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'No fair-minded person could find against me': Chapman's inquiry defiance


Attorney-General Vickie Chapman has blasted “incomplete and inadequate” evidence and “a blatant denial of procedural fairness” in a last-ditch bid to persuade a parliamentary inquiry to exonerate her of claims of conflict of interest, misleading parliament and breaching the ministerial code of conduct.

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In a final submission sent to the cross-party committee late yesterday, Chapman’s lawyer, prominent parole board chair Frances Nelson QC, argues the inquiry must “not become a forum simply to inflict reputational damage or to achieve some political advantage” – before launching into the credibility of the committee’s Counsel Assisting, Dr Rachael Gray QC.

“The fact that Dr Gray was socialising with the Shadow Attorney-General and the Hon Tom Koutsantonis MP shortly before the Select Committee was formed does not assist public perception of impartiality,” Nelson writes.

“None of the evidence before the committee is in any way sufficient to support ‘findings’ by Dr Gray.”

Gray this week delivered a scathing assessment of the Deputy Premier’s role in single-handedly vetoing a $40 million port proposal on her native Kangaroo Island.

The port’s rejection prompted the exit from the island of its proponent, forestry company Kangaroo Island Plantation Timbers.

Gray found Chapman had a “perceived and actual” conflict in making the decision, arguing she had later misled parliament on several occasions about factors including the proximity of her property to forests impacted by the development and the location of haulage routes relative to the property of her former parliamentary colleague, KI mayor Michael Pengilly.

Gray further recommended Chapman, along with Premier Steven Marshall and other bureaucrats, should be referred to the state Ombudsman for further investigation.

But Nelson rejected those arguments, saying “to suggest that because [Chapman] had inherited property on the island on which she has not lived since 1974 somehow was a dominating factor in her consideration is ludicrous and would not be entertained by any fair or reasonable minded person”.

“There is no evidence that her decision was in any way swayed by the possibility (noting that no truck routes had been approved) that trucks would drive past Mr Pengilly’s property (even if that were to be the case),” she wrote.

“The Minister was obliged to have regard to the effect on the road infrastructure, and the dust, noise, and pollution effect on all the residents of Kangaroo Island.”

Chapman had also revealed a property she had inherited near the venture operated an AirBnB, of which Nelson said: “To suggest Ms Chapman has been operating anything approaching a Bed and Breakfast operation or some tourism venture is simply ludicrous.”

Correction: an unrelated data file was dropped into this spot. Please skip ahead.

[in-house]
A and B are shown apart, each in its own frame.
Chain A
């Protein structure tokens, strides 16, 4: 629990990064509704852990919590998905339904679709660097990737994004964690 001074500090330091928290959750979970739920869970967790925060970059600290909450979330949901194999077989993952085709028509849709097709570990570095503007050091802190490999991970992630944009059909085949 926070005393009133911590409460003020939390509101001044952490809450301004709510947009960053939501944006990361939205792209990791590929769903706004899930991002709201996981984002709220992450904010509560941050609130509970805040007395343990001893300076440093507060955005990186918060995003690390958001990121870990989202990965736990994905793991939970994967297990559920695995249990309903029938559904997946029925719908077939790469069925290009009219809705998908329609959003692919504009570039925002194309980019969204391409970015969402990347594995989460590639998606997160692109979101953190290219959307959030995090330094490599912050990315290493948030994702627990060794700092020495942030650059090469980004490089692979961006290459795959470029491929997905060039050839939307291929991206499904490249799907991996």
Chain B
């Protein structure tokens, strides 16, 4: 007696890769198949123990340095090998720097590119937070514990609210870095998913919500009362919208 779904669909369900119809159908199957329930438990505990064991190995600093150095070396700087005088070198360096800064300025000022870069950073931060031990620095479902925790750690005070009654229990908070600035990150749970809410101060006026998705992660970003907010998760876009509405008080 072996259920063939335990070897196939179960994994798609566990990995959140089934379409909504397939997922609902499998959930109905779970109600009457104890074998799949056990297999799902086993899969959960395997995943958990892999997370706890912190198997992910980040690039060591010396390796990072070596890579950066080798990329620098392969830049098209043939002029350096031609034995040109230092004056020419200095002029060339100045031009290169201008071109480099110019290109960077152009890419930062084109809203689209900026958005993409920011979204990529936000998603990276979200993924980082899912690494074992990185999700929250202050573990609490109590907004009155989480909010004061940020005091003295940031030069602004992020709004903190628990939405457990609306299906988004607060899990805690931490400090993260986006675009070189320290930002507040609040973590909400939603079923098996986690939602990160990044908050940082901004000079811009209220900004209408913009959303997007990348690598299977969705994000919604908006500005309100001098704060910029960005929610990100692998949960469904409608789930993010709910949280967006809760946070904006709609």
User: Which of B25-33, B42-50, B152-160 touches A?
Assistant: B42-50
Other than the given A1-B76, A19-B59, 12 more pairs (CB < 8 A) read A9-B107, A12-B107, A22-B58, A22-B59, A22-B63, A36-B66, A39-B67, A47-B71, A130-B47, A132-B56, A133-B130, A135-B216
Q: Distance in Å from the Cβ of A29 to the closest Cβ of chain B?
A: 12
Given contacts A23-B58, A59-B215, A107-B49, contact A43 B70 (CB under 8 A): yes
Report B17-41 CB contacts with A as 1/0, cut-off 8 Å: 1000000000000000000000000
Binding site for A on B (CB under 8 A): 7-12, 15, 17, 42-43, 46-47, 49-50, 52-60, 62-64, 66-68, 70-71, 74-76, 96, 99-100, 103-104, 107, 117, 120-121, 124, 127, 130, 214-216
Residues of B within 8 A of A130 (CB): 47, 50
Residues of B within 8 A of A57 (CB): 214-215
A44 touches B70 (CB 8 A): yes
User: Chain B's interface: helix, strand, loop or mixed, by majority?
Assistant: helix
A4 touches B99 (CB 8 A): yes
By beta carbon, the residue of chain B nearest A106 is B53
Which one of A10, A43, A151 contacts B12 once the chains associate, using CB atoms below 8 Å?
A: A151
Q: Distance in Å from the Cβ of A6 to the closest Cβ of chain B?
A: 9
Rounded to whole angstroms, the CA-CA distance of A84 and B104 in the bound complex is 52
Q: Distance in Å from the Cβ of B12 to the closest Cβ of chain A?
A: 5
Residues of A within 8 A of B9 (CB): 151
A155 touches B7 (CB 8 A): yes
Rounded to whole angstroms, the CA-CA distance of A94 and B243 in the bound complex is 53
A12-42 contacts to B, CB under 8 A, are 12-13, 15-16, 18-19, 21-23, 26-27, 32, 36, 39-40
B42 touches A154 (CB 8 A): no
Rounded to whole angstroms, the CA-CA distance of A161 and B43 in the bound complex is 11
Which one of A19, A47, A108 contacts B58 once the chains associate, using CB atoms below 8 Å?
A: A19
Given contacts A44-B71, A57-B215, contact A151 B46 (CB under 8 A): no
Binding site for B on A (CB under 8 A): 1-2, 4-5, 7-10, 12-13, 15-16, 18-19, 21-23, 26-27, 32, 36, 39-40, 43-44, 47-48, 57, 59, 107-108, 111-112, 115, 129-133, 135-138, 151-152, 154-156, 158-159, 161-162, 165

“The reality is that such agistment and limited short-term stays by workers have come at a loss to Ms Chapman,” she argued.

Nelson emphasised that Chapman did not realise her property was adjacent land that, while privately owned, was contracted to KIPT for deforestation, saying: “The unchallenged evidence of Ms Chapman is that when she made her decision she was unaware that there was any contractual arrangement between the owners of the pine plantation … and KIPT.”

“The mere fact of ownership of land on Kangaroo Island does not create either an actual conflict of interest nor a perceived conflict of interest,” she insisted.

Nelson rejected suggestions the minister held a briefing for the KI council, after councillor Graham Walkom, an avowed opponent of the KIPT plan, told the committee: “The minister briefed council on the process and status of the approval… several weeks before her formal decision.”

“There was no secret meeting… the Minister met with the Kangaroo Island Council Mayor and the Bush Fire Recovery Coordinator in relation to rebuilding sports and community facilities, recovery of bush fire response expenditure from CFS, and other matters arising out of the [2019-20] bushfires,” Nelson said.

She argued the inquiry held no credibility because Labor member Tom Koutsantonis had failed to recuse himself after she had earlier accused him of “a reasonable apprehension of bias”.

“No response has been made to that submission,” she noted.

“The Honourable Member continues as part of the committee.

“As a result, no weight can be given to any Report emanating from the Committee.”

She said Chapman’s decision to veto the port was driven by the proposal’s “likely impact on the island’s terrestrial fauna due to the risk of vehicle strike”, saying: “The Minister’s decision demonstrably was on the merits of a recommendation that provisional approval might be given to the development subject to a number of significant reserved matters requiring further work to be done and many conditions to be imposed on the development.”

“Absent those conditions and an ability to monitor them ultimate approval would not be given,” Nelson said.

“There is no reliable evidence that the Minister had either a conflict of interest or a perceived conflict of interest.

“To find a conflict of interest, the Committee must find that the Minister’s decision was influenced by private interests… no fair-minded person could reach that conclusion.”

Accordingly, she argued “the minister has not breached the Ministerial Code of Conduct [and] has not misled the Parliament”.

“An adverse report in relation to this hasty, inchoate, incomplete inquiry – tainted as it is by apprehensions of bias – would not reflect well on the Honourable Members.”

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